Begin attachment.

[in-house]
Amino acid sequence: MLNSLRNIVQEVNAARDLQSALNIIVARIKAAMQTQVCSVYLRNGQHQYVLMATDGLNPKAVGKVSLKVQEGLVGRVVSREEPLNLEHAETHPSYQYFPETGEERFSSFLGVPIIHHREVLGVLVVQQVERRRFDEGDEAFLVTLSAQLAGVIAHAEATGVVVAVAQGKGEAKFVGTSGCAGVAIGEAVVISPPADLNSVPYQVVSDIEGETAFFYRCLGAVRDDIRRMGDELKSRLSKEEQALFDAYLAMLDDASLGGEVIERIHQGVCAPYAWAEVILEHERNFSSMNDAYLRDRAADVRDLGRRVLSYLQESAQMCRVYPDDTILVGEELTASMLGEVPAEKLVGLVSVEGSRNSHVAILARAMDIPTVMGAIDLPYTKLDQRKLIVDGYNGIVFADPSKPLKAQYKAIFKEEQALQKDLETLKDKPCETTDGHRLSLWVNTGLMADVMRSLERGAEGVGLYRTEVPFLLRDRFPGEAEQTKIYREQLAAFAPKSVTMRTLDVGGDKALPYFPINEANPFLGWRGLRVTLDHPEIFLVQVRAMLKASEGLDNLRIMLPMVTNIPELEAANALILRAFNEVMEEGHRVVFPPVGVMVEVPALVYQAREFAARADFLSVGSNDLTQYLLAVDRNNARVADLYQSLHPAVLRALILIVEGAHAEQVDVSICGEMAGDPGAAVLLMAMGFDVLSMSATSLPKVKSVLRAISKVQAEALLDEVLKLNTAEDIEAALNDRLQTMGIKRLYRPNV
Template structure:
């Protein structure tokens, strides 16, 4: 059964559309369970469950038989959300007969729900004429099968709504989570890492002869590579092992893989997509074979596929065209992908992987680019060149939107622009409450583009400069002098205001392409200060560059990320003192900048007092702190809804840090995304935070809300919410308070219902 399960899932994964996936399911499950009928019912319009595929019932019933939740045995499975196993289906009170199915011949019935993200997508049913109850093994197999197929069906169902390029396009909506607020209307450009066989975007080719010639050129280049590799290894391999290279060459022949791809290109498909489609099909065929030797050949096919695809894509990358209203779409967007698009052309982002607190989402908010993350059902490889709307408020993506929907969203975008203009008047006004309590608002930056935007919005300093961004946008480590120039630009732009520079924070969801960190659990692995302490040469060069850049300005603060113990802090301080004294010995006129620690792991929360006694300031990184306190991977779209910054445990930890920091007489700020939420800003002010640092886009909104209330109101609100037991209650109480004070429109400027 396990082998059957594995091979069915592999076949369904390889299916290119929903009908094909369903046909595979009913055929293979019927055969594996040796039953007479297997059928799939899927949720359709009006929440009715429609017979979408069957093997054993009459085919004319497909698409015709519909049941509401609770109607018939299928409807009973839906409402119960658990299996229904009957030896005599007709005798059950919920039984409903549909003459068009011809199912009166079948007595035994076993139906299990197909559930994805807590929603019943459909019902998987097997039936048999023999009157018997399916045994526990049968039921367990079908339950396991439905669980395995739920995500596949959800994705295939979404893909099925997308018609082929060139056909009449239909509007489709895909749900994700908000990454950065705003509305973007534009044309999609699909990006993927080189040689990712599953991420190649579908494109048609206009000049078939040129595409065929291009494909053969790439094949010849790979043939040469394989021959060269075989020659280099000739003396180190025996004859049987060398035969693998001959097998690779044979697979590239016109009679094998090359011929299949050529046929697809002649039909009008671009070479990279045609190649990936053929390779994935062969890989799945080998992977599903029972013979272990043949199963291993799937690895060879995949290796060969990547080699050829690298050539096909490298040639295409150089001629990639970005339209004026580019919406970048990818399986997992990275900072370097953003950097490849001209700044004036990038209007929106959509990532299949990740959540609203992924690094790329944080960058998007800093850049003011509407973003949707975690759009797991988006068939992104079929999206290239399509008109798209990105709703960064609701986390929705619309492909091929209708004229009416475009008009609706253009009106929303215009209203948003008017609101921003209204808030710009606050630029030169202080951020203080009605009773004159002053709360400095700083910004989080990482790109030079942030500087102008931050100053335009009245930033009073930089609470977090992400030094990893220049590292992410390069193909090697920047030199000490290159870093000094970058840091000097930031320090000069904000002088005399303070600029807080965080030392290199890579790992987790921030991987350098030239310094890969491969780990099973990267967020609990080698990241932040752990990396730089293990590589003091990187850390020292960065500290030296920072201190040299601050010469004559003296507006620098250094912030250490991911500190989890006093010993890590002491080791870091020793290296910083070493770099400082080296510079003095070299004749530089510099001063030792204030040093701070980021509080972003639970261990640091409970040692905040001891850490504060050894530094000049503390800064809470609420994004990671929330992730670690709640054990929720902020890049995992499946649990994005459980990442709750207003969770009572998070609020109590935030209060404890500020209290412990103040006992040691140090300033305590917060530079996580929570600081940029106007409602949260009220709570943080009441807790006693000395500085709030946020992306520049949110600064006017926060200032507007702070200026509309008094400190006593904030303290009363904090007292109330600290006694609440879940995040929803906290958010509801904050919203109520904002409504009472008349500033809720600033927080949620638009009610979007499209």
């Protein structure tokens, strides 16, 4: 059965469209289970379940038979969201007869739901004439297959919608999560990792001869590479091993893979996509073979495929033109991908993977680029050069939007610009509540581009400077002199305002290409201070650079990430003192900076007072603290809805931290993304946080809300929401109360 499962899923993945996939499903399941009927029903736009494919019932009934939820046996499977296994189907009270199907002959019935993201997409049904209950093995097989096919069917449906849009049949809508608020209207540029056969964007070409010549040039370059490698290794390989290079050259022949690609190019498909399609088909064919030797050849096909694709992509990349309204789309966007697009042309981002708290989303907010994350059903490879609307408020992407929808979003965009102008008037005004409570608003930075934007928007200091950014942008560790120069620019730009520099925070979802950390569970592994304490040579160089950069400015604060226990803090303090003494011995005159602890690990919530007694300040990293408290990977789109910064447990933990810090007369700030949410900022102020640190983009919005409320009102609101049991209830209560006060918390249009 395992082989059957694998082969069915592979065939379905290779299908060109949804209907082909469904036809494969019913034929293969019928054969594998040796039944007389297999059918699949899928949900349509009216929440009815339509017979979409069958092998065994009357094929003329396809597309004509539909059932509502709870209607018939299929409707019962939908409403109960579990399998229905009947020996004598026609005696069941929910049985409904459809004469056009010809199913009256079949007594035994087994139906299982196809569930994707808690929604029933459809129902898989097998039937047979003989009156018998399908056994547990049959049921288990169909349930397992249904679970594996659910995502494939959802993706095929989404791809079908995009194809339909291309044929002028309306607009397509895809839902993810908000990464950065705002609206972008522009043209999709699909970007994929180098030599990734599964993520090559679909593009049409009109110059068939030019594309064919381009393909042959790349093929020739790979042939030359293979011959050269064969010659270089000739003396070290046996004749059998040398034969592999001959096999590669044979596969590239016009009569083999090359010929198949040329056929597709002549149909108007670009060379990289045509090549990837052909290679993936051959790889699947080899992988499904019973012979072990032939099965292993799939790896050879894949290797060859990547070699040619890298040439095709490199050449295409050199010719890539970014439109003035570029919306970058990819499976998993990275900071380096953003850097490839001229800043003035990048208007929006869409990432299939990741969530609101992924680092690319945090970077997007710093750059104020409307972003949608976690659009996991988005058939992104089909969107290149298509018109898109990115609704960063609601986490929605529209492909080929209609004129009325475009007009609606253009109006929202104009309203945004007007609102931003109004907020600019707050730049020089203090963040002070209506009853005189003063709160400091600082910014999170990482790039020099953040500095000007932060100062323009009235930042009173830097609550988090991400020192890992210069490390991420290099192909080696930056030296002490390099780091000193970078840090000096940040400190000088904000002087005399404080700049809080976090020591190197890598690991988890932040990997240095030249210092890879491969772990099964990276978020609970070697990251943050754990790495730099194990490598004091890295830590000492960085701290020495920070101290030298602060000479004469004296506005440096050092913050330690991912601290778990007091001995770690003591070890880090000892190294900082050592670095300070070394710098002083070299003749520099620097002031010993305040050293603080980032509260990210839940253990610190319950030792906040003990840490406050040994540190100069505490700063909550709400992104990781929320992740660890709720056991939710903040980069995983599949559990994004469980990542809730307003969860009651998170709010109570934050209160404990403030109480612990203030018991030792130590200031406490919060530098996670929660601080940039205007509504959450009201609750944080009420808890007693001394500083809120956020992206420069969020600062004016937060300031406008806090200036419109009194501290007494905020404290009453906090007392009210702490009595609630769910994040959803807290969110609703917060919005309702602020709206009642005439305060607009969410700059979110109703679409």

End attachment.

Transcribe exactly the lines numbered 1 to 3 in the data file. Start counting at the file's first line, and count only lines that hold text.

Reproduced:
[in-house]
Amino acid sequence: MLNSLRNIVQEVNAARDLQSALNIIVARIKAAMQTQVCSVYLRNGQHQYVLMATDGLNPKAVGKVSLKVQEGLVGRVVSREEPLNLEHAETHPSYQYFPETGEERFSSFLGVPIIHHREVLGVLVVQQVERRRFDEGDEAFLVTLSAQLAGVIAHAEATGVVVAVAQGKGEAKFVGTSGCAGVAIGEAVVISPPADLNSVPYQVVSDIEGETAFFYRCLGAVRDDIRRMGDELKSRLSKEEQALFDAYLAMLDDASLGGEVIERIHQGVCAPYAWAEVILEHERNFSSMNDAYLRDRAADVRDLGRRVLSYLQESAQMCRVYPDDTILVGEELTASMLGEVPAEKLVGLVSVEGSRNSHVAILARAMDIPTVMGAIDLPYTKLDQRKLIVDGYNGIVFADPSKPLKAQYKAIFKEEQALQKDLETLKDKPCETTDGHRLSLWVNTGLMADVMRSLERGAEGVGLYRTEVPFLLRDRFPGEAEQTKIYREQLAAFAPKSVTMRTLDVGGDKALPYFPINEANPFLGWRGLRVTLDHPEIFLVQVRAMLKASEGLDNLRIMLPMVTNIPELEAANALILRAFNEVMEEGHRVVFPPVGVMVEVPALVYQAREFAARADFLSVGSNDLTQYLLAVDRNNARVADLYQSLHPAVLRALILIVEGAHAEQVDVSICGEMAGDPGAAVLLMAMGFDVLSMSATSLPKVKSVLRAISKVQAEALLDEVLKLNTAEDIEAALNDRLQTMGIKRLYRPNV
Template structure: